Sulk Station: Being heard

20 August 2015

**Toto Funds The Arts is currently calling for applications for the 2016 awards. The last date to apply for the Toto Music Award 2016 is August 25th. More information here.**

When UK Young Artists and Arts Council England sought TFA’s help in recommending and short listing artists for WEYA- the World Event Young Artists, Toto Funds the Arts (TFA) considered many artists who had previously applied for their annual awards. Sulk Station’s music stood out and they were chosen to travel to London for the meet in September 2012. This came at an opportune time for the band because their debut album ‘Till You Appear’ had just come out that year.

The duo was naturally very excited about their first international gig. “Nottingham was buzzing with art, music, literature, and we were in the midst of it,” describes Tanvi. “It was one full week of being a small part of something big.”

Looking back, it was in 2010 that Sulk Station first met Sarita and Anmol Vellani, founders of TFA. They applied for the award and made it to the short list that year, but didn’t win. This didn’t stop the board of TFA from falling in love with their music and remembering them when opportunity came knocking.

“We felt they needed to be more widely heard and that they would benefit from the exposure that WEYA would provide, so we recommended them and were happy that they got the chance to participate,” says Sarita Vellani.

“We thought they were pretty unique,” Abhijeet Tambe, trustee at TFA and fellow musician adds. “They managed to bring together two worlds without being what is often referred to as “fusion” music. Rahul’s techniques as an electronic music producer and Tanvi’s ability to draw on her Hindustaani classical training were great. But in the end what set them apart is that they were writing good songs, not just fusing sounds. They seemed to me the perfect choice for a young band that was to represent India in the UK.”

TFA (Toto Funds the Arts) is an organization dedicated to supporting young Indian artists. Among the many activities it promotes, there is an annual music award, which has been in place since 2004.

Sulk Station at the Great Escape Festival

The Sulk Station story started in 2009 when Tanvi and Rahul were in college together, Tanvi lending her sultry voice to the choir and Rahul producing electronic music for the occasional performance at a club. Rahul would often refer to Tanvi as ‘sulk station’, owing to her moody demeanor. The name stuck, and Sulk Station was born.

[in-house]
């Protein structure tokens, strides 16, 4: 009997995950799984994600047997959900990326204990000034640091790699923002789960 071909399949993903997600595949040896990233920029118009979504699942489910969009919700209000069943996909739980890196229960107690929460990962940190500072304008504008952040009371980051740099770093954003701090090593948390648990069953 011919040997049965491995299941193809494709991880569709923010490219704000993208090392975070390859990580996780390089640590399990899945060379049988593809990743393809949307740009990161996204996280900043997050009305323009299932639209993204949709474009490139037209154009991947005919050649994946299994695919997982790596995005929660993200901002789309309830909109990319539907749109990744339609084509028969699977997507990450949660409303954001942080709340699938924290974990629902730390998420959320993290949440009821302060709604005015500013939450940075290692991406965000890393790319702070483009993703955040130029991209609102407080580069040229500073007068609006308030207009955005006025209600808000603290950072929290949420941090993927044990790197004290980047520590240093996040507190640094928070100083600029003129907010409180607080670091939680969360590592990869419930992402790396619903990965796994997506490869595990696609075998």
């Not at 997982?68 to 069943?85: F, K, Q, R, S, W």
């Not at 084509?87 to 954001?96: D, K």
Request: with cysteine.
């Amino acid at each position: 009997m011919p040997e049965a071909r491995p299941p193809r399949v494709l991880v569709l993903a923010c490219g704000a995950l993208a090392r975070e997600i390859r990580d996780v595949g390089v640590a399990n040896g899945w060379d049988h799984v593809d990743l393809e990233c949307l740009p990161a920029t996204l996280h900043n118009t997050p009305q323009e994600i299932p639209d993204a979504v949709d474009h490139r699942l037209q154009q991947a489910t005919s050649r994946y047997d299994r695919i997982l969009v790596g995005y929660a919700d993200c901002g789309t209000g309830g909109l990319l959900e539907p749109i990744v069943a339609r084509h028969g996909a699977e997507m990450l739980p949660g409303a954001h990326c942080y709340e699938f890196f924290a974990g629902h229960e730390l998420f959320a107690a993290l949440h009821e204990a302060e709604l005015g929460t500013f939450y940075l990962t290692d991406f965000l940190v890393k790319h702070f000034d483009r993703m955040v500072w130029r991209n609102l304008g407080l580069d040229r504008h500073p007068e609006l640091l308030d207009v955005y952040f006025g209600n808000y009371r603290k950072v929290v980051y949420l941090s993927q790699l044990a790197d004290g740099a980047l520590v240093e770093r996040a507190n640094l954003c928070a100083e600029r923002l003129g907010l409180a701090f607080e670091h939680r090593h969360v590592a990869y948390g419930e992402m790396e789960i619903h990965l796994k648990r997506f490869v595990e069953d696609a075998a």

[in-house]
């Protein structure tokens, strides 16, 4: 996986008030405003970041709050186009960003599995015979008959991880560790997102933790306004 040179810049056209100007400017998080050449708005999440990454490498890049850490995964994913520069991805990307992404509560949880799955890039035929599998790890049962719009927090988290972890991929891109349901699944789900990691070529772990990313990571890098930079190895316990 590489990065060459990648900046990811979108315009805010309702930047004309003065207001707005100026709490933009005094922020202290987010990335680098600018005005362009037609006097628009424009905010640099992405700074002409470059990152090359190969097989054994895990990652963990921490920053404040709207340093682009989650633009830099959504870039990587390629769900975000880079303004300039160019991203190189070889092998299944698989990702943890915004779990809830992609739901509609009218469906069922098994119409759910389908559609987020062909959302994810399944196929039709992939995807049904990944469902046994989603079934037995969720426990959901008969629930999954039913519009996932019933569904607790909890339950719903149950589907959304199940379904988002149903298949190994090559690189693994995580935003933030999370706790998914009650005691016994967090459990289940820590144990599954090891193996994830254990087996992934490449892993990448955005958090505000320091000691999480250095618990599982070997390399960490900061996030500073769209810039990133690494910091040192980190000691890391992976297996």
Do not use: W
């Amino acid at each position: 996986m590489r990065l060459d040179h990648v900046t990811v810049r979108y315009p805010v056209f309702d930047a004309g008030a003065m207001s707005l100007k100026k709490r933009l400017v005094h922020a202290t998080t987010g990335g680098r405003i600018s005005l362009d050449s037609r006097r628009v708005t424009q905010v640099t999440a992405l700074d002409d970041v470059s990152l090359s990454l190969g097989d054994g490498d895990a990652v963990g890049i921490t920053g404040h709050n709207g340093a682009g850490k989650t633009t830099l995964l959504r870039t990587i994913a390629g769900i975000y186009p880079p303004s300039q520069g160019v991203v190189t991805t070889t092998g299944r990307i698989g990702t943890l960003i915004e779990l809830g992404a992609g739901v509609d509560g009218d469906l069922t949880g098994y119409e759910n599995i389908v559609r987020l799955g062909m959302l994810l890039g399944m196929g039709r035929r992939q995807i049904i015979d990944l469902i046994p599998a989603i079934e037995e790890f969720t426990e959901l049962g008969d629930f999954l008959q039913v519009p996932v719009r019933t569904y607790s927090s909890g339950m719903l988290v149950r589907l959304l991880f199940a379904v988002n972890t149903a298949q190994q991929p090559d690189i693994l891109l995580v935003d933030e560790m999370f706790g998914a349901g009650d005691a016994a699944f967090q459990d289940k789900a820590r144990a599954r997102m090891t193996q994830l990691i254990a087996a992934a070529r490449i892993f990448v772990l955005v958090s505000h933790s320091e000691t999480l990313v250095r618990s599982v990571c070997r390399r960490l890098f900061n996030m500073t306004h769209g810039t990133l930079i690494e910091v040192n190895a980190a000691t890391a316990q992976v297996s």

Inspired by artists like Thom Yorke, Grouper, and Fiona apple, Sulk Station focuses on using sounds, notes, and words to express complex states of mind. They aren’t defined or restrained by genres. “I think it’s really hard to describe our sound and there’s no need. We didn’t plan anything, our music is simply a combination of Rahul and my sensibilities and this is what came out,” says Tanvi.

“We started off by just making music for ourselves,” says Rahul. “We had no idea where our music was going or if anybody other than us could make any sense out of it. At that point we were basically a SoundCloud page. Most of our early gigs came courtesy Lounge Piranha (a Bangalore based alternative rock band) - mostly opening sets in venues like Bflat and Unwind Centre. The response was always mixed… we were quite green back then, figuring out how to take something that is made using mostly computer to a live context, figuring out live sound, technology etc.”

Things began to fall in place for Sulk Station after TFA and WEYA. The music that they had created found an audience, not just at WEYA but with a small following around the UK in general. People were given CDs, the band was asked them questions about their music, and as Tanvi says, “it was a very warm and attentive crowd.”

Sulk Station rehearses at the Southbank Centre

In 2015, the UK drew Sulk Station back once more for The Great Escape Festival in Brighton. “The second tour came about thanks to Wild City. Munbir and Sarah, who run Wild City, have supported our music from the very beginning - i.e. Wild City early days. They have created opportunities for us throughout. They got us our first gigs in Delhi, Bombay, Goa, etc and have played a very important role in our career,” says Rahul.

They played in the basement of the Sticky Mike’s Frog bar late one afternoon. “But the vibe was such that it felt like a late night gig - heavy, dark, meditative - perfect for our kind of sound.” Rahul reminisces.

“The Alternative India showcase felt like an actual tour - we played three shows - London (Southbank Centre), Glasgow (Recital Room, Glasgow Concert Halls) and The Great Escape Festival (Sticky Mike’s Frog Bar, Brighton) alongside Curtain Blue and Nicholson. We were on the road a lot - trains, flights, with not many days between gigs. The gigs were promoted well, a lot of people showed up. That fact that we were performing with 2 other Indian bands helped a lot. I think we were less stressed this time around and slightly more confident thanks to our WEYA experience.” Tanvi shares about yet another gig that they landed in Europe.

“Sarita and Anmol from TFA have been very supportive of our music, especially in the early days when we really needed it and it meant a lot to us,” says Tanvi. TFA is currently calling for applications for the 2016 awards. The last date to apply for the Toto Music Award 2016 is August 25th. More information here.

Image credit (main): Emily Macinnes
Words: Disha Dinesh


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